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Bernanke: Fed wrestles with size of aid program

Bernanke: Fed wrestling with size of program to buy Treasury bonds

The Federal Reserve is prepared to take further steps to rejuvenate the economy by buying Treasury bonds but is wrestling with how big the program should be, Chairman Ben Bernanke said Friday.

Bernanke also indicated that Fed policymakers are trying to craft a plan to lift inflation from super-low levels. He made his remarks in a speech delivered to a Fed conference in Boston.

Bernanke said the Fed must weigh the risks of a Treasury-buying program and determine how the debt purchases would be paced. The Fed's bond purchases would be intended to lower long-term interest rates to stimulate buying and spending and help lower unemployment.

Fed policymakers are widely expected to announce a Treasury buying program at their next meeting Nov. 2-3.

"There would appear -- all else being equal -- to be a case for further action," Bernanke said.

World stocks rose after Bernanke's remarks. But the prospect of more dollars swirling around the financial system did nothing to help the dollar itself, which slid further after the Fed chief spoke.

The economy is growing at a pace "less vigorous than we would like," Bernanke acknowledged.

Unemployment, now at 9.6 percent, has been stuck near double digits for more than a year. Bernanke indicated that the Fed is concerned that economic growth is likely to remain lackluster and that unemployment will decline only slowly next year. High unemployment is likely to keep consumers cautious in their spending.

During the recession, the Fed launched a $1.7 trillion program, buying a mix of mortgage securities and government debt. The effort was credited with forcing down mortgages rates and providing support to the weakened housing market. The new program is likely to be smaller. One Fed official has suggested a $500 billion program, while another has suggested it be $100 billion or less.

The Fed is again resorting to such unconventional methods -- called quantitative easing -- to stimulate the economy because it has already sliced its key interest rate to a record low near zero. The anticipated second round is being dubbed quantitative easing two.

"Bernanke gives green light for QEII," TJ Marta, a market strategist at Marta on the Markets, said after Bernanke's speech.

For now, the Fed is more interested in seeing prices rise-- rather than fall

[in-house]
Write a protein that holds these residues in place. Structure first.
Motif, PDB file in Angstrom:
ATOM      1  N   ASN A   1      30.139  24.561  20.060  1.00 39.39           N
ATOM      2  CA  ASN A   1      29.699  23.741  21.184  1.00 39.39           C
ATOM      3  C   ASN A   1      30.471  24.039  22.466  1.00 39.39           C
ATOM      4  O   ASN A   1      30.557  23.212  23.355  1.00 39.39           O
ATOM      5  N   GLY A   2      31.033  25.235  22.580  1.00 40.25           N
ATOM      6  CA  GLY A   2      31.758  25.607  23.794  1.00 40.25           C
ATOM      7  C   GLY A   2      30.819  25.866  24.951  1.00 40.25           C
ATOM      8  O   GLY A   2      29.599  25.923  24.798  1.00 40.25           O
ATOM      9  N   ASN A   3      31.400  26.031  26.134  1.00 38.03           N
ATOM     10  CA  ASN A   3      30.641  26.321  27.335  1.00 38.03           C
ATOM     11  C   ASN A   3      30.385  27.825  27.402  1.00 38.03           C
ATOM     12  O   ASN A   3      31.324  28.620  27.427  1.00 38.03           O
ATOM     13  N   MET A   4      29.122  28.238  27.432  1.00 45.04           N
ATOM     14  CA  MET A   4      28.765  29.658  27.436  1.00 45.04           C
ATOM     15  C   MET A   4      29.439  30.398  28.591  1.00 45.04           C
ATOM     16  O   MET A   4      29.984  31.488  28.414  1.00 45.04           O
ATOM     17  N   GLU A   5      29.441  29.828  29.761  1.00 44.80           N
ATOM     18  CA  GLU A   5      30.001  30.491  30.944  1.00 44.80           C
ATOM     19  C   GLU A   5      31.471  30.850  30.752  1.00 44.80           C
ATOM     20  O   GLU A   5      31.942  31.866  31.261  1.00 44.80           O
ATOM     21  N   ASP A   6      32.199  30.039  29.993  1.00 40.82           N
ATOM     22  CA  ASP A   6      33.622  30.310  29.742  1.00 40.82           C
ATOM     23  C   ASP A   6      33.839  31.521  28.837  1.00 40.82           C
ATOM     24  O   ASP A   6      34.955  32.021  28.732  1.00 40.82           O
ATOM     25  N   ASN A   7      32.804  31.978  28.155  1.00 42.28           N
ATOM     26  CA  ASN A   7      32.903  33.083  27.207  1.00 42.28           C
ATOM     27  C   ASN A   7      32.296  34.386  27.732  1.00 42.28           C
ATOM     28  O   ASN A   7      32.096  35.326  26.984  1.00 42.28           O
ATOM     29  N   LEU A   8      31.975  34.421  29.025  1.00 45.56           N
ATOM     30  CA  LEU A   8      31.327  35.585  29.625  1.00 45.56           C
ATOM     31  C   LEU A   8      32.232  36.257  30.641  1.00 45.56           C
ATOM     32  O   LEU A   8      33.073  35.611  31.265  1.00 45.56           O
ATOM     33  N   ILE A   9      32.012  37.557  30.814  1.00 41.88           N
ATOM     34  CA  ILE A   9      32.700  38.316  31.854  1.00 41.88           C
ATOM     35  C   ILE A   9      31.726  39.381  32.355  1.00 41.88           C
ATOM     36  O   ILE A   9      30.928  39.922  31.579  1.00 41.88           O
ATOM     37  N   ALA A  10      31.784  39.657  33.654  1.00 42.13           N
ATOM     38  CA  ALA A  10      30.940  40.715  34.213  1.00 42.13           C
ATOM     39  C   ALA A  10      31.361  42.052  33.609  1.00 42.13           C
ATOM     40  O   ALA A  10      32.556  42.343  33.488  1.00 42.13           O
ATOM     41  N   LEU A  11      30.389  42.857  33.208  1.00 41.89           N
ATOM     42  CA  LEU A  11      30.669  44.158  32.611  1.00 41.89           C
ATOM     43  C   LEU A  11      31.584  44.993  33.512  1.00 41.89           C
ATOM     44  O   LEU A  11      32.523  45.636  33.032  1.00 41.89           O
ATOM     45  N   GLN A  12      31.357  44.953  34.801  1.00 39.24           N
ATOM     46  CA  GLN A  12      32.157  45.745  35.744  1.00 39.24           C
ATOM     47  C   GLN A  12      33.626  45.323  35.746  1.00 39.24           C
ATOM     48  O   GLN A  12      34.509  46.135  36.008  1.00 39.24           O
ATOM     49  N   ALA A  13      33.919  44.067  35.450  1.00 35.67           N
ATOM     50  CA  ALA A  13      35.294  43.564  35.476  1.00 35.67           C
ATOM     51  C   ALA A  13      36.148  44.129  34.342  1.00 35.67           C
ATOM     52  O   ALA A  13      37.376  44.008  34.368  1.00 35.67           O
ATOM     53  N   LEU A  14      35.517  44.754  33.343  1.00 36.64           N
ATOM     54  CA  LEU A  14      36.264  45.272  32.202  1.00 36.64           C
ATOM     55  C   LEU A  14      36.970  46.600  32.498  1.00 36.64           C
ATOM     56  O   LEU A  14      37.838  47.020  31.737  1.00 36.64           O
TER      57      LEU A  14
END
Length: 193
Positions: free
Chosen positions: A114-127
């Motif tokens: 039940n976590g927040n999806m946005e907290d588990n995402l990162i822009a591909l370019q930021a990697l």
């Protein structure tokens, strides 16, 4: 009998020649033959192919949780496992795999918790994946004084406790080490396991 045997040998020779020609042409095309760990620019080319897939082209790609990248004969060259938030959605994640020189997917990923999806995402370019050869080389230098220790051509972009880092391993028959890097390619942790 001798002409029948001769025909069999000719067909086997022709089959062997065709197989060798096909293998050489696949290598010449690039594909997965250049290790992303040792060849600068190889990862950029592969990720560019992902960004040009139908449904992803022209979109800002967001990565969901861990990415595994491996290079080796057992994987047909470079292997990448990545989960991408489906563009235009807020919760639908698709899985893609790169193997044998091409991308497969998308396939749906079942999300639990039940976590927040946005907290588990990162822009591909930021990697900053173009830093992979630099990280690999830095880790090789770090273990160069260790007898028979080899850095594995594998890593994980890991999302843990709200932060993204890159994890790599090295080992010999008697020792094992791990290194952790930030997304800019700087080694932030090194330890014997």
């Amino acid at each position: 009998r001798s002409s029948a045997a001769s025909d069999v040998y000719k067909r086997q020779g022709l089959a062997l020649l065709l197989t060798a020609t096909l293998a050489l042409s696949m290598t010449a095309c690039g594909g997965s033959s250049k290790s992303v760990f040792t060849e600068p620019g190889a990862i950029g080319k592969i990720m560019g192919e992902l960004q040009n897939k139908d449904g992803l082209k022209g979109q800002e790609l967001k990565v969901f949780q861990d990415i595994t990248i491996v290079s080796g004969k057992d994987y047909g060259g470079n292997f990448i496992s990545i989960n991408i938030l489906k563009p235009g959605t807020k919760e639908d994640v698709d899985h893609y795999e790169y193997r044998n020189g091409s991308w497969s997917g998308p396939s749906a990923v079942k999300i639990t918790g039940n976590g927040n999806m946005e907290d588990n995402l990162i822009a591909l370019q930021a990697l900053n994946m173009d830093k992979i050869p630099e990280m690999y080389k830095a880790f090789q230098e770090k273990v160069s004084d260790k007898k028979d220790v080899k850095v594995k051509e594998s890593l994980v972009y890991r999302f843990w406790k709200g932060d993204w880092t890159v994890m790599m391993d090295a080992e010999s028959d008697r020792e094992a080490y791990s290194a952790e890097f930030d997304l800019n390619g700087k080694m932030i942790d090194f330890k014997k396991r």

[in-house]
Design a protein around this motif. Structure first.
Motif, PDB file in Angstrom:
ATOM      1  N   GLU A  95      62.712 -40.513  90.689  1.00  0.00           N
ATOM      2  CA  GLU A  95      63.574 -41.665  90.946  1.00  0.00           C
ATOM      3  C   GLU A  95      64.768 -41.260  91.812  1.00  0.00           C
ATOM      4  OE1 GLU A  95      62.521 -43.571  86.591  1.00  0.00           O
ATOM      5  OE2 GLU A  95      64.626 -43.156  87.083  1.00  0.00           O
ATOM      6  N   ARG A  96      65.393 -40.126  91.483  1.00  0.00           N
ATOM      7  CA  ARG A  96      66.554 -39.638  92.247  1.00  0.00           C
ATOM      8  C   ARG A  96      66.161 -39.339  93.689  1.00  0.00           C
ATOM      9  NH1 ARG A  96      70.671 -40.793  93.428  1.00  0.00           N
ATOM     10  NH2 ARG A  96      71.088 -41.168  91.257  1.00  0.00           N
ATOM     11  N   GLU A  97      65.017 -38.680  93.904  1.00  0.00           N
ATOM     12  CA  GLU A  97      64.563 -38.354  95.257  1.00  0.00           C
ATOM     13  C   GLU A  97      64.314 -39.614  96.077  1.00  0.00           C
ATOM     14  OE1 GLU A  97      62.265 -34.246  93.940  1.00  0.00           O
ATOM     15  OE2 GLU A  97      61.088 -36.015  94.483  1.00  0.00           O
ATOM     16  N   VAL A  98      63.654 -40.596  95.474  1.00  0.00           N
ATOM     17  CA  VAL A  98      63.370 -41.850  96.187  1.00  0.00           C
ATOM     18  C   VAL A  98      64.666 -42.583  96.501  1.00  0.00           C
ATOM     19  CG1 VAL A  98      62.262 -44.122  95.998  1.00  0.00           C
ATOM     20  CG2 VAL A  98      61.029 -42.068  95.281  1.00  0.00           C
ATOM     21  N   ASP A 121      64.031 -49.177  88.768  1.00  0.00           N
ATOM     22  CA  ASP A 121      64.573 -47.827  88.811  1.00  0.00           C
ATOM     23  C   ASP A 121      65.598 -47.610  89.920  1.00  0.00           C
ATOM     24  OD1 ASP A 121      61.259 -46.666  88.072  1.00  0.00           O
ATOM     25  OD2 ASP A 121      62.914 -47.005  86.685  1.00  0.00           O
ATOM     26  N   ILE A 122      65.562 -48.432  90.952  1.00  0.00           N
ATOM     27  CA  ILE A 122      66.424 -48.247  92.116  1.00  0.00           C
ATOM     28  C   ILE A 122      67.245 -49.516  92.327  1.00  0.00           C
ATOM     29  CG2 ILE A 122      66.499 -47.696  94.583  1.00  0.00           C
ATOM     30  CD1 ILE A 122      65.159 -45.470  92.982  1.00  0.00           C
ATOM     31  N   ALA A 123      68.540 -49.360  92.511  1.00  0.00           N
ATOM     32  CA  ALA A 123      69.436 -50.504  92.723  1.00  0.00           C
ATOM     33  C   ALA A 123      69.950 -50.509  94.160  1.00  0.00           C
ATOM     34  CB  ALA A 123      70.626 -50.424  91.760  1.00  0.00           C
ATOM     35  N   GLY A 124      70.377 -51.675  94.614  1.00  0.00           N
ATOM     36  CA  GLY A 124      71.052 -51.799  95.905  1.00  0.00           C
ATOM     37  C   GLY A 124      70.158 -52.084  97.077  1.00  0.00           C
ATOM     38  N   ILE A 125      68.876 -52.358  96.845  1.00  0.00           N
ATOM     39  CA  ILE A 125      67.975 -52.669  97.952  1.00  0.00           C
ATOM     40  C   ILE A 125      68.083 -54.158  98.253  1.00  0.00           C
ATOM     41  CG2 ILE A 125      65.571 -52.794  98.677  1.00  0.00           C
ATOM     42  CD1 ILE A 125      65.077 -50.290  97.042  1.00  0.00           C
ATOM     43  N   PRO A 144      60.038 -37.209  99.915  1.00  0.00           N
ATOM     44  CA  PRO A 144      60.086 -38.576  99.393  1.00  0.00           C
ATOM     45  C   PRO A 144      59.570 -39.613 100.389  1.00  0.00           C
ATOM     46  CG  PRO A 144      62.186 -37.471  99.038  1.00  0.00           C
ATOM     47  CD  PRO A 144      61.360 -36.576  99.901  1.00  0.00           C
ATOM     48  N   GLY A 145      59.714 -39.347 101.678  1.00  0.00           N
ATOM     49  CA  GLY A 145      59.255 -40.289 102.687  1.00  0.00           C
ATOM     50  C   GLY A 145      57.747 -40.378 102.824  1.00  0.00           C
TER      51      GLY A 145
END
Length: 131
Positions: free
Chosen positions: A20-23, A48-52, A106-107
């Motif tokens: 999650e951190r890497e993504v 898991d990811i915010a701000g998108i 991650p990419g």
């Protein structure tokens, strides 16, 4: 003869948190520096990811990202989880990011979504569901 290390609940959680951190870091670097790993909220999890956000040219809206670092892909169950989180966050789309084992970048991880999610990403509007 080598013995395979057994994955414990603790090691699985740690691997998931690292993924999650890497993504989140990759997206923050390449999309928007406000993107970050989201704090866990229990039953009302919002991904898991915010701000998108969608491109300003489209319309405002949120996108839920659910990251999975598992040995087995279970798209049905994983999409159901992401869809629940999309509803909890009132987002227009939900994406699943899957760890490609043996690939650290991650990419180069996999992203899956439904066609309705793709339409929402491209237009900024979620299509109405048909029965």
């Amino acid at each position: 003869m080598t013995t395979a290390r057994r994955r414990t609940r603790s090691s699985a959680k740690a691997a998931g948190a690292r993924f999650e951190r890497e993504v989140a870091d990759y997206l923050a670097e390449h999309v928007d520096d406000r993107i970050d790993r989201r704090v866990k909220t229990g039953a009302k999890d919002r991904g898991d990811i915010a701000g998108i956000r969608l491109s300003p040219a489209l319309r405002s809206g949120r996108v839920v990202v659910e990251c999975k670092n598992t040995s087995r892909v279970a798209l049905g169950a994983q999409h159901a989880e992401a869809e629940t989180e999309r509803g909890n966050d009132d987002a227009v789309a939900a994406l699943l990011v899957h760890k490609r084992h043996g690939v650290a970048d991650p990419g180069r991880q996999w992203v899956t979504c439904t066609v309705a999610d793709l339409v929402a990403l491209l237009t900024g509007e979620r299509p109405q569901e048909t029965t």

Because the economy is weak, "the risk of deflation is higher than desirable," Bernanke said. Deflation is a widespread drop in prices, wages and the values of stocks and homes.

As Bernanke was speaking, the government issued a report that pointed to why a new Treasury-buying program may be necessary to ward off deflation. Consumer prices excluding the volatile categories of food and energy were flat or a second straight month.

A prolonged drop in prices for goods, for wages and in the values of homes and stocks is dangerous for the economy and Americans' pocketbooks. It makes paying on debt much harder, causing more people to fall into foreclosures, default on credit card bills and companies to slide into bankruptcy.

Bernanke's comments come as the Fed is weighing steps to try to raise people's expectations of where they think inflation is heading in the months ahead.

If the Fed were to communicate that it will tolerate a higher-than-normal rate of inflation, that could make companies feel more inclined to nudge up their prices. Shoppers, thinking prices would be rising even further in the future, would be more inclined to make purchases sooner. That would lift inflation from worrisome low levels.

Such a move would push "real" or inflation-adjusted interest rates, down, which could spur more spending. Fed officials at the September meeting noted that it has ways to try to influence people's expectations of inflation. One way was to include information in the minutes of the Fed meetings to try to shape people's expectations about inflation.

Addressing the nation's high unemployment, Bernanke believed much of that problem was due to the sharp contraction in business activity that occurred in the wake of the financial crisis and a lack of customer demand since then.

Some economists have argued that unemployment is high because of two primary factors. Workers face difficulties moving to new cities where jobs may be available, mostly because they worry about being able to sell their homes in depressed housing markets. They also note a mismatch between the skills workers have and the ones companies want.

Written by: Jeannine Aversa, AP Economics Writer

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